Seems to me it has everything to do with benefitting the company and not the membership if that is what you choose to call it. You are not describing a union or at least what most would consider a union. Your resume and record with the company comes into play as you progress up to senior officer status with the other unions, but that is definitely where the similarity ends if you ask me.

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Apologies if I did not correctly clarify. We are encouraged to pass our resume’s to any and all companies but are required to notify dispatch to prevent members making arrangements for backdoor shipping w/o the union being notified. My use of “clear” was not to infer that they would deny the membership that right, but they need to be kept in the loop, When I first joined, passing resume’s around to companies was not allowed and contacting companies even w/ union knowledge was not permitted (except as far as I figured out at the time for the top 4). Also if a member has been sailing with company A and scheduled to return to work, the union wants to insure proper notice is given to the company and not a sudden departure leaving the member onboard sitting w/o a relief and dispatch scrambling to fill the slot. It was a steep learning curve for me since I came from the non-union oilfield and never looked back. Once $65/ bbl oil is the norm and members leave for the “real” money, I hope they are blocked from ever returning and joining any union again but I digress.

If I could go back I would have gone this route with the Army or gone to one of the maritime academies and done the ROTC thing so uncle sam could have paid for my tuition.

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That seems unfair. Why should anyone be barred from working in any sector? I’m in the GOM now, but would consider towing or deep sea in a few years to experience other aspects of the industry.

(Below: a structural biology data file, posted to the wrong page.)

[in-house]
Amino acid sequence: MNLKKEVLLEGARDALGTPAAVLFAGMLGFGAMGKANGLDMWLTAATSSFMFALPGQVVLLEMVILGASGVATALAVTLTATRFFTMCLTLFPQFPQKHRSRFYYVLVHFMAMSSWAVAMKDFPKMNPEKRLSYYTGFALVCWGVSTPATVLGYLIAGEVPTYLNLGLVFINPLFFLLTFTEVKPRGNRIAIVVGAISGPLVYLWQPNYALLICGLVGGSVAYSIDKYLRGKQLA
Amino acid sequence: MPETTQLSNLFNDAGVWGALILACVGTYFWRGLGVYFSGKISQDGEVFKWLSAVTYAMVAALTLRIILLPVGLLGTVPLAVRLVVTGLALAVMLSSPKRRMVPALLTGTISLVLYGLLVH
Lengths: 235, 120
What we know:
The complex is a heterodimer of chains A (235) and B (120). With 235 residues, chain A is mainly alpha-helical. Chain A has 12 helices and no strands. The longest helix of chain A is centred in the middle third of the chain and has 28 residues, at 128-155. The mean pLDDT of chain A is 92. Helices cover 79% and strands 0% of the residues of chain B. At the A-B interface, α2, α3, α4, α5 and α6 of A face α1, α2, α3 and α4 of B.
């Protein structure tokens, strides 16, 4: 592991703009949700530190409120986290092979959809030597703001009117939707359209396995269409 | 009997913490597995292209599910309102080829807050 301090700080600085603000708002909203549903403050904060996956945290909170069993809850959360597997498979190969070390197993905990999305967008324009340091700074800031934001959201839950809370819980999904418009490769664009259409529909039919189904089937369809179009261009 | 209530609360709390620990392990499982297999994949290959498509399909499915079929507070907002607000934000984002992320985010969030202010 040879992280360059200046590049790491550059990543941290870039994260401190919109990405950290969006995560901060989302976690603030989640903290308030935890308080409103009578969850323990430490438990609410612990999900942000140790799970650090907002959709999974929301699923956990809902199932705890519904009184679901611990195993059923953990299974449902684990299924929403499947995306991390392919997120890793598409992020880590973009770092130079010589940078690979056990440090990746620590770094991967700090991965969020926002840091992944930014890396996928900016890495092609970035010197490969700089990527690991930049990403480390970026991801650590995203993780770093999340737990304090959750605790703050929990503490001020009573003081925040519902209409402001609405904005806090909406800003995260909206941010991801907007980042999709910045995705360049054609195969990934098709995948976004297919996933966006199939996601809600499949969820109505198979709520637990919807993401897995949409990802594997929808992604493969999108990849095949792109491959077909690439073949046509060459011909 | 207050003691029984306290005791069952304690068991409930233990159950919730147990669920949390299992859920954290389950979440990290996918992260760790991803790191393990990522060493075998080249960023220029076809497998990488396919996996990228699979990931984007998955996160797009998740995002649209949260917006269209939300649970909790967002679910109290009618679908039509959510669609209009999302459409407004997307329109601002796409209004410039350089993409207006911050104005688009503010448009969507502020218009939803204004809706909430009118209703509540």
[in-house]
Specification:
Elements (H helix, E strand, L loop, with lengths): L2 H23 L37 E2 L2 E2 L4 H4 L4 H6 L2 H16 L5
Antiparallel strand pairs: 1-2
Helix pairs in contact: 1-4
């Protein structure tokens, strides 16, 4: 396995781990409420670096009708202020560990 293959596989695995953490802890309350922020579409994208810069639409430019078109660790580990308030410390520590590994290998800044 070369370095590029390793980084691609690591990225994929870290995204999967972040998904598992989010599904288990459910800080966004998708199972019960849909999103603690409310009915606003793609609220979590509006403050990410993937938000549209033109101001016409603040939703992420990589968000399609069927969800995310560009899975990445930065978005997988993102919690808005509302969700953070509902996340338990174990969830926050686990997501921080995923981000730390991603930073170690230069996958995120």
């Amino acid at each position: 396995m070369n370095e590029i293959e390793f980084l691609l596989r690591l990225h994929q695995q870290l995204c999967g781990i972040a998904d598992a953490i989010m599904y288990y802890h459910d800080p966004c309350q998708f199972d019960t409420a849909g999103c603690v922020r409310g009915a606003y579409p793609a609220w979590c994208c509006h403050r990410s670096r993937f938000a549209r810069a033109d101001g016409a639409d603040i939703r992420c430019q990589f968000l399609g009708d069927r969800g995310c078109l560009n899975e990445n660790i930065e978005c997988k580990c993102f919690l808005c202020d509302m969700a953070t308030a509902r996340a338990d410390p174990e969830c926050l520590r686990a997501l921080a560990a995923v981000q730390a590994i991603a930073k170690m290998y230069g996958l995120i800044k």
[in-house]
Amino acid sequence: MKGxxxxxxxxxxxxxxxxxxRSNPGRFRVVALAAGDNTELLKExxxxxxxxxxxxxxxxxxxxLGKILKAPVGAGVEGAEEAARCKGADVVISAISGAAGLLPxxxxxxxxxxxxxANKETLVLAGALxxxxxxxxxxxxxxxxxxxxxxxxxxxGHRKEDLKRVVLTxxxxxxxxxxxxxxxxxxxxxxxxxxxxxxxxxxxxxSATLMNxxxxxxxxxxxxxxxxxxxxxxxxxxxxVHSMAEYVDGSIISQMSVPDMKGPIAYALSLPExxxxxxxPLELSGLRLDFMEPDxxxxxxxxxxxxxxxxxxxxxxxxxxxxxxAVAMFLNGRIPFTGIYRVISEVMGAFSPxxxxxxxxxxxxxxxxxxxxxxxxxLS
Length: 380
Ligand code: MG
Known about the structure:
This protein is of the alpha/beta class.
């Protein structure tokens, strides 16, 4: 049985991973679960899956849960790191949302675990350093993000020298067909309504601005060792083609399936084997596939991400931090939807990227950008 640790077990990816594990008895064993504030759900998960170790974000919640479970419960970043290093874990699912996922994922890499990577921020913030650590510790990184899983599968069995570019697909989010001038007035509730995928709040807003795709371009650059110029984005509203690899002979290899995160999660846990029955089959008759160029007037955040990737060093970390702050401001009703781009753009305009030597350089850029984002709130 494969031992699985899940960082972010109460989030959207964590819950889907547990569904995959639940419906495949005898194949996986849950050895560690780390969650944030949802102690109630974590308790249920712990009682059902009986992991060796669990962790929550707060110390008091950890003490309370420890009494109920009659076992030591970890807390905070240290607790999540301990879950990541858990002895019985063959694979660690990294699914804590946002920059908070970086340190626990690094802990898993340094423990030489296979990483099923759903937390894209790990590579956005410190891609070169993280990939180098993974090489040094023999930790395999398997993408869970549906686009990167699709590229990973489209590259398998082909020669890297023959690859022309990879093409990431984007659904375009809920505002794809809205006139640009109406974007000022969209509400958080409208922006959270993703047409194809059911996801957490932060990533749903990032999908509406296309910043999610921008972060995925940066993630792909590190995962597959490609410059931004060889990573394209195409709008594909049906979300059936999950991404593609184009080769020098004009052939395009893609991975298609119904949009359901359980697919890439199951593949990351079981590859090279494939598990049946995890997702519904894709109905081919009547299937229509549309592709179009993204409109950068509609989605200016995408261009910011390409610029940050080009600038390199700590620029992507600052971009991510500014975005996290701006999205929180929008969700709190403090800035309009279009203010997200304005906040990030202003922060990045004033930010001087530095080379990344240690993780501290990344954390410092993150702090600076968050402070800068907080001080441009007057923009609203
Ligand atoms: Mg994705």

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Again apologies, I did not clarify myself. I was referring to those members I know from the union I belong to, who either jumped ship in the past to took an oilfield job and then after being laid off during the oilfield downturn, came back again, hat in hand, were welcomed back with no consequences, many of whom never even bothered to take a leave of absence or freeze their union membership. Some even had left with DPO training and were not required to pay back the training costs (this has been addressed since then). I was not referring to mariners who started in the oil field and other maritime sectors and join the union as I did as well.

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“…not if they don’t have jobs.” The reason the AMO (and at the time of inception SIU)started the 2 yr engineer tech program is because there are always more openings for marine engineers, than bodies to fill them and the junior engineers from the ring factories (no offence) have so many shoreside opportunities, they do not stay longer than 3-4yr on the average. Being a decky the same cannot be said for us, hence there is no similar program for the deck side. Think about it, if there were no engineering jobs in AMO, why would the ring knockers themselves dominating the union underwrite this?